In early 2020, I joined the B2B unit of SHARE NOW which is responsible for acquiring and retaining business customers. One of the main tasks at that time was to establish a strategy and derive initiatives that would contribute to that target.

While I can't go into detail for reasons of confidentiality, in a nutshell the goal was to have a more attractive offering for large corporations. Leveraging the feedback that our Sales Executives frequently receive from our business customers, we realized that one of the most pressing issues is the lack of being able to attach an expense note to a SHARE NOW trip.

This could create a number of issues for either the company or the employee. In the best case, companies wouldn't be able to assign expenses to certain teams or departments and thus be left in the dark about where exactly their money goes. In the worst case, drivers wouldn't be able to get the money reimbursed from their company and would thus effectively be left with the costs of the trip.

Jobs to be Done

As an accountant, I want to see the correct cost center on the invoice so I know what team to assign it to.

As a driver, I want to be able to enter an expense note so I can file my travel expenses for reimbursement.

As a driver, I want a way to have a way to enter my expense note in case I don't know or forgot it so I don't have to leave it empty.

As a travel manager, I want to be able to group my drivers into pre-defined cost centers or projects so there won't be any miscommunication or manual effort for the drivers.

Quick explanation: SHARE NOW for Business covers two types of business customers. On the one hand there are employees who were invited to drive on a collective account their company has created. On the other hand there are employees who use SHARE NOW for business trips but are not connected to a particular company. The issue is relevant for both of those customers.

How might we enable drivers to add the right cost center or project reference to their SHARE NOW invoice?

The key learning we had during our discovery process was that companies have vastly different setups when it comes to accounting and bookkeeping. In larger corporations, every employee is generally attached to one single fixed cost center for the entire duration of the employment. Freelancers, agencies or consultancies however would mostly keep their books by project references. Any employee could work on multiple projects at any given time time and in addition, projects would come and go.

So it was clear to us that we needed to find a solution that would fit both ends of the spectrum and allow for maximum flexibility for our business customers.

Another learning was that cost centers and projects references tend to come with cryptic names that are nearly impossible to remember. They would often be a sequence of digits and letters, some special characters and sometimes the name of the team, department or project.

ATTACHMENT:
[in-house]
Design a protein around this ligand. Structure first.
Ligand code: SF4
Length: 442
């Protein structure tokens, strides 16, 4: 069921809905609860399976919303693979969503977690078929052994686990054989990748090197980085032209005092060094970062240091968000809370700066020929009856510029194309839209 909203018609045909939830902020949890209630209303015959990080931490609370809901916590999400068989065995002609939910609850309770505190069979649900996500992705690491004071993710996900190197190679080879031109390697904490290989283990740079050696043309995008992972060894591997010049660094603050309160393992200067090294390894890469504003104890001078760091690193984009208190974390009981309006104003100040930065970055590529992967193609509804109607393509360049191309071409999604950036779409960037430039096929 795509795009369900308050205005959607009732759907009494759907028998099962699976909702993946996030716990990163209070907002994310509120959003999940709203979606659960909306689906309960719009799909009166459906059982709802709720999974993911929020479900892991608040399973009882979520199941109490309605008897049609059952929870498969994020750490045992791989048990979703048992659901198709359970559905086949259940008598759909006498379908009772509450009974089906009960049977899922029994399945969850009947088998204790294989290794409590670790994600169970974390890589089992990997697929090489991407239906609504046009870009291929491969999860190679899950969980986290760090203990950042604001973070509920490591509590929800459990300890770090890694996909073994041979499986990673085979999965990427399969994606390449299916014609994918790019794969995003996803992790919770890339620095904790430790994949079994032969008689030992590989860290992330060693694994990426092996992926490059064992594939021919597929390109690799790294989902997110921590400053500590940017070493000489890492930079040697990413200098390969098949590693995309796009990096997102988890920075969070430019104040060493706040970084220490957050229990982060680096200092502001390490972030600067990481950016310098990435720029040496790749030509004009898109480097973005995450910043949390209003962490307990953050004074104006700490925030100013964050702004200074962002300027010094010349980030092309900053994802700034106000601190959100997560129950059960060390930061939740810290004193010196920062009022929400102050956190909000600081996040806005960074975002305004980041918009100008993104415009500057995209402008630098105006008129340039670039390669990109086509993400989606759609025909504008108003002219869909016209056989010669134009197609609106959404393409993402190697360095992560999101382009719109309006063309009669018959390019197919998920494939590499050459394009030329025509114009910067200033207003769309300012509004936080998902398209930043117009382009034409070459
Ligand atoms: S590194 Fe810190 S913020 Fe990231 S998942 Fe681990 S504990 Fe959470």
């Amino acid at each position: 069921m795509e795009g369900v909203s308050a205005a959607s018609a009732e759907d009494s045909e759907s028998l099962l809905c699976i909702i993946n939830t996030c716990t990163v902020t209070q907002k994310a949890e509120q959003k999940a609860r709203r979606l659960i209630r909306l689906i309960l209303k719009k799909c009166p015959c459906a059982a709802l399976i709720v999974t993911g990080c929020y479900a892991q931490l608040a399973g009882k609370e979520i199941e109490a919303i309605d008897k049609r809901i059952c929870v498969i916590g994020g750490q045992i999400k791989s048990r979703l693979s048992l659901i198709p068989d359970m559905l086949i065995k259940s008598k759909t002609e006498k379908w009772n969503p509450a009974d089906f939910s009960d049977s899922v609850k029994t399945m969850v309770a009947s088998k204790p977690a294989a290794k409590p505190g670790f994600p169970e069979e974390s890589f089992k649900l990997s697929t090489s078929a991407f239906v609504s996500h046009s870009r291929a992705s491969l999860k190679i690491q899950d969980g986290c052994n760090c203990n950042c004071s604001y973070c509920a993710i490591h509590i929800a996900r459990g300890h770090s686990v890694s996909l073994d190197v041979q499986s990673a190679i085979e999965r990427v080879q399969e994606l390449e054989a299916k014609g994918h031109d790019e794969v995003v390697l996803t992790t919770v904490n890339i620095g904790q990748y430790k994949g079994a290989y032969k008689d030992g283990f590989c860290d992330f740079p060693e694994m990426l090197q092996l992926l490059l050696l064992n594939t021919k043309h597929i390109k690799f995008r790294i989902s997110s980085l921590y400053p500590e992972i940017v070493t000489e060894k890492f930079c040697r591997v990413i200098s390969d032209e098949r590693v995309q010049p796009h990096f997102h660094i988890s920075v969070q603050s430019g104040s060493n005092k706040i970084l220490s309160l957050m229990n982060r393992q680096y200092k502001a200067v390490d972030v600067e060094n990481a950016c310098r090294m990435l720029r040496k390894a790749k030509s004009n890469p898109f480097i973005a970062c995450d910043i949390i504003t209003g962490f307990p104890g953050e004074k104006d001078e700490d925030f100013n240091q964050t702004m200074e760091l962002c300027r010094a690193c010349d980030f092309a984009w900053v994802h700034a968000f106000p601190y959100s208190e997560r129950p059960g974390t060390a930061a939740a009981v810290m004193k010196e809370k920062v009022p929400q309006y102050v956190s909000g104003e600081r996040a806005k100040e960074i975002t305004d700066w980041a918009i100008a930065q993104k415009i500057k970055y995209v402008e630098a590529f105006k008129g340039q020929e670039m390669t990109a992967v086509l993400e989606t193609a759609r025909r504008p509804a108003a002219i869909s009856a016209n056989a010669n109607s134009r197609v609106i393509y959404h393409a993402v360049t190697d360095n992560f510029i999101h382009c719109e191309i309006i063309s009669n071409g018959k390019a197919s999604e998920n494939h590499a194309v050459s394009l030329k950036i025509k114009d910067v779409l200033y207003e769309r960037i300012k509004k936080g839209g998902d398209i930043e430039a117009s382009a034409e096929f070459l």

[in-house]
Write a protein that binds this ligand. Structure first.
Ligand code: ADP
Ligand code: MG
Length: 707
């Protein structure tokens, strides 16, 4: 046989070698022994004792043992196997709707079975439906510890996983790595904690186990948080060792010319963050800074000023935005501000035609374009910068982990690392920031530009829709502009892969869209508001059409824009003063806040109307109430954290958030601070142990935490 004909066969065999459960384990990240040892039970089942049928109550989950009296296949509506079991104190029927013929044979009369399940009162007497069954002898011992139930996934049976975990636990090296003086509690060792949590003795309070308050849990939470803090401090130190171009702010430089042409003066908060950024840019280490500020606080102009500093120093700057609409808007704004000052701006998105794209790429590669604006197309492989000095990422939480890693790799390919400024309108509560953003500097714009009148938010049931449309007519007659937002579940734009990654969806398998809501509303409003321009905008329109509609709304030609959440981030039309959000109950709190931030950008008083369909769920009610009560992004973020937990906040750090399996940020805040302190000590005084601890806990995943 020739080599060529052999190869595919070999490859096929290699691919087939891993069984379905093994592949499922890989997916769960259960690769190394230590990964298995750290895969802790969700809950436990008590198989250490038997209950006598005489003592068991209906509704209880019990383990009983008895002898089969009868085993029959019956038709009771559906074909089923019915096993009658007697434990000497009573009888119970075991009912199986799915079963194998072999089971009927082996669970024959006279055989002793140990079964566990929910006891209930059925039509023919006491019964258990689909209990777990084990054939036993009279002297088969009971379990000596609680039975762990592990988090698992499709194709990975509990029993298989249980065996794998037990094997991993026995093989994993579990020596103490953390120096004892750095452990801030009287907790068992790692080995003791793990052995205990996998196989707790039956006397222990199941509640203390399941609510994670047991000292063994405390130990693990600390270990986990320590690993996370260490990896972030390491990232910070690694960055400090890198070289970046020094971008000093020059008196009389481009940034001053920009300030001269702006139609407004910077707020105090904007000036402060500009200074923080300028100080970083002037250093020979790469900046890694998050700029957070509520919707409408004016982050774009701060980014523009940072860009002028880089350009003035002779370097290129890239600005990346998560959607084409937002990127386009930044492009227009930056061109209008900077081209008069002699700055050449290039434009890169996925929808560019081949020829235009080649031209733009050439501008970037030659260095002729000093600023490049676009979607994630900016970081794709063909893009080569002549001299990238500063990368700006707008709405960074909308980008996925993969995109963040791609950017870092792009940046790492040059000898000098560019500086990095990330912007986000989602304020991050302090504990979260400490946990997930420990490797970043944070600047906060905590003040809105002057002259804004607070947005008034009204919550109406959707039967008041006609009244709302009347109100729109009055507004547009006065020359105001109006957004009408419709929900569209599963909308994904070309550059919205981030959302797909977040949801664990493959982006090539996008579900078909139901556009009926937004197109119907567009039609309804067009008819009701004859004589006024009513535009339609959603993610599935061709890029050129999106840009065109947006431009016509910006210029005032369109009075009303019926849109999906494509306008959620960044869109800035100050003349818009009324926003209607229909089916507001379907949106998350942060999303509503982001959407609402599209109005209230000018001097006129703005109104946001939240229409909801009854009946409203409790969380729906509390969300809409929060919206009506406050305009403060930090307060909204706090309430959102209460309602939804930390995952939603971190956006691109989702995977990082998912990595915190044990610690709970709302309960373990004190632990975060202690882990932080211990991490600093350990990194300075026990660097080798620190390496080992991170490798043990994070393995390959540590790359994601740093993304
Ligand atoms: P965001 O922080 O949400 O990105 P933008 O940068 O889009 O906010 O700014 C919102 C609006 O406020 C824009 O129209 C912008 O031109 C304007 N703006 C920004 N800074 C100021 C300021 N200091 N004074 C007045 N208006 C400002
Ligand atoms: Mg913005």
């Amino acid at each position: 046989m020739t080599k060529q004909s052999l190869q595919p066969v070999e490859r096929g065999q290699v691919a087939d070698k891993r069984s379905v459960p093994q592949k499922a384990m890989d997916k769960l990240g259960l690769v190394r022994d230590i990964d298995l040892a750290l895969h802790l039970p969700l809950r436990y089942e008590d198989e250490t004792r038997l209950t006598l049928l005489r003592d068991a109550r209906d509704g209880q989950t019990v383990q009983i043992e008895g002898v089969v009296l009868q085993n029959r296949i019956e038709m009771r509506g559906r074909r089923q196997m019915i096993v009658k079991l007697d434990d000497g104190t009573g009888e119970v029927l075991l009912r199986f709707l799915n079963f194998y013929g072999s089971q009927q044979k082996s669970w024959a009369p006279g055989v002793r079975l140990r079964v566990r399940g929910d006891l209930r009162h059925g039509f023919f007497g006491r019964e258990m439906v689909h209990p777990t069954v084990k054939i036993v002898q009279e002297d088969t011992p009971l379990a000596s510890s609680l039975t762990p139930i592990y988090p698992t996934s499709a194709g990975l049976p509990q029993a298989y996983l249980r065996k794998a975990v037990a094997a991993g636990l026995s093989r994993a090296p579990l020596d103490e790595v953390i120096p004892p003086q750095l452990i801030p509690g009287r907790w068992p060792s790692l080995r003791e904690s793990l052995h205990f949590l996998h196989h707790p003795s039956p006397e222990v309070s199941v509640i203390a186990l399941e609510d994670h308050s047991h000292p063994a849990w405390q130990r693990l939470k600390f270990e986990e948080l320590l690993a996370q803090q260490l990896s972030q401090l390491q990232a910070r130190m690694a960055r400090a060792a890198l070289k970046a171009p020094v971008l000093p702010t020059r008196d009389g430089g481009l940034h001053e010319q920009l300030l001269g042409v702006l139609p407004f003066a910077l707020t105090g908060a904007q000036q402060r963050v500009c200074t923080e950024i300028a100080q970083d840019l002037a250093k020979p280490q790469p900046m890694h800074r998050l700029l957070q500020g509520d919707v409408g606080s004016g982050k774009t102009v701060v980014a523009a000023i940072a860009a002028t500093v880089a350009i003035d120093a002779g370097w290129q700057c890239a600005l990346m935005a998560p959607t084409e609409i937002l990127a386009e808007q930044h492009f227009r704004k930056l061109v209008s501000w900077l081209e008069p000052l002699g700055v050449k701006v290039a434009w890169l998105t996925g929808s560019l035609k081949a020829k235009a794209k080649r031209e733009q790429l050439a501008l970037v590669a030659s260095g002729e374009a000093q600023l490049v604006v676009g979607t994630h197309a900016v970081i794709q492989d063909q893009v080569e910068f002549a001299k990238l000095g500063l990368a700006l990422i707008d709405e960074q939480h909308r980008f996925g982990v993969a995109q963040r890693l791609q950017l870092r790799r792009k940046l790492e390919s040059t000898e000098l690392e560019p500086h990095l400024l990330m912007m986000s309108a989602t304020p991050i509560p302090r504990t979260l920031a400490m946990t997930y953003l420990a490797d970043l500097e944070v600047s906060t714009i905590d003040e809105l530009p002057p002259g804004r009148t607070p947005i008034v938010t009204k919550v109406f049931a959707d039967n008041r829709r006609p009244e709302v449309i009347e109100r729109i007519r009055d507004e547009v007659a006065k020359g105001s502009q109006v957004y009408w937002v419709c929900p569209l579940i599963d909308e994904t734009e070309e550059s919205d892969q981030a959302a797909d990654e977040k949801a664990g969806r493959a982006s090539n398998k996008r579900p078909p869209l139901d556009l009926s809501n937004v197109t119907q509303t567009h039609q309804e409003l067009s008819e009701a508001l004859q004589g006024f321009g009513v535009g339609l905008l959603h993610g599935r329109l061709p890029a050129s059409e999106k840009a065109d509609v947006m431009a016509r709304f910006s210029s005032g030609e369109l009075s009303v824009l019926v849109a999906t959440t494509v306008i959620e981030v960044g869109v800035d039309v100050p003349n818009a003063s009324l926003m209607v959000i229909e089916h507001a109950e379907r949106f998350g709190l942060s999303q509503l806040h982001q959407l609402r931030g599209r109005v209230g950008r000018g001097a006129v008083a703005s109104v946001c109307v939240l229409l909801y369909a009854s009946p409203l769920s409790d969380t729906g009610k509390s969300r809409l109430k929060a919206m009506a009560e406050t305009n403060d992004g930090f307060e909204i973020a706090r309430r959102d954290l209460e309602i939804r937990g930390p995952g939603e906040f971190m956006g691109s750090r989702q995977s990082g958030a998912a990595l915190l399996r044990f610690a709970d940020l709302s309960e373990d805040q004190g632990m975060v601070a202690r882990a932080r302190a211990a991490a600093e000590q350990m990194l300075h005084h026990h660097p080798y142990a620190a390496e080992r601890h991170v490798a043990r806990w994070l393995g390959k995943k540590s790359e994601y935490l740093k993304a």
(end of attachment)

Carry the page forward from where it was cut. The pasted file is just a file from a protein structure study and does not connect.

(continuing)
Digging deeper, we started looking for the smallest common denominator between cost centers and project references. We found that in a nutshell both were a group of people congregated under a certain umbrella for accounting purposes. Hence we came up with the concept of simply grouping the drivers on your business account.

Our hypothesis was that this concept would allow travel managers to group their employees in whatever way that would reflect the accounting structure of the company. It would be entirely up to the company's travel manager if they wanted a certain employee to be a part of multiple groups simultaneously or only one group at a time.

Through interviews with our internal travel management department, competitor analysis and some desk research, we were able to get more insights and found that Uber took a very similar approach.

We then continued to build a prototype and run a hand full of usability tests. For this, we recruited our participants from a wide range of industries such as the movie industry, banking and real estate to cover both extremes of the spectrum.

What we found was that in general, the naming and concept were concrete enough to make its purpose clear but at the same time everyone was apply it to their own needs. The only issue we observed is that half the participants would've instinctively assumed the feature to sit in the "drivers" page. However, all of those participants were able to move on to the groups tab without aid so our conclusion was that our solution wasn't necessarily optimal but certainly worked for a first iteration.


Having successfully tested a broader version of the concept, we started looking into what parts of it could be released as an MVP to learn more on production. To minimize time until the project would see the light of day, we let drivers in the first instance only enter their cost center or project reference manually before a trip. This wouldn't solve the problem that drivers couldn't remember their cost center or project ID but it would at least onboard a good proportion of our customer base.

At the same time, another team would start building the skeleton for the second iteration which would allow travel administrators to assign drivers to groups. Those drivers would then be able to select their cost center or project reference at the beginning of a trip from a dropdown rather than having to enter it manually.


Shipping the first version with the free-text input, we immediately saw that between 10 to 20% of all our business trips had an expense note attached to them which was a larger amount than we initially thought. This showed us that there was definitely a need for such a feature and even though it didn't directly contribute to revenue, it certainly increased the usability of our service as a whole.

Unfortunately, the second version is still work in progress and delayed due to internal topics, so no quantitative insights can be drawn as of today.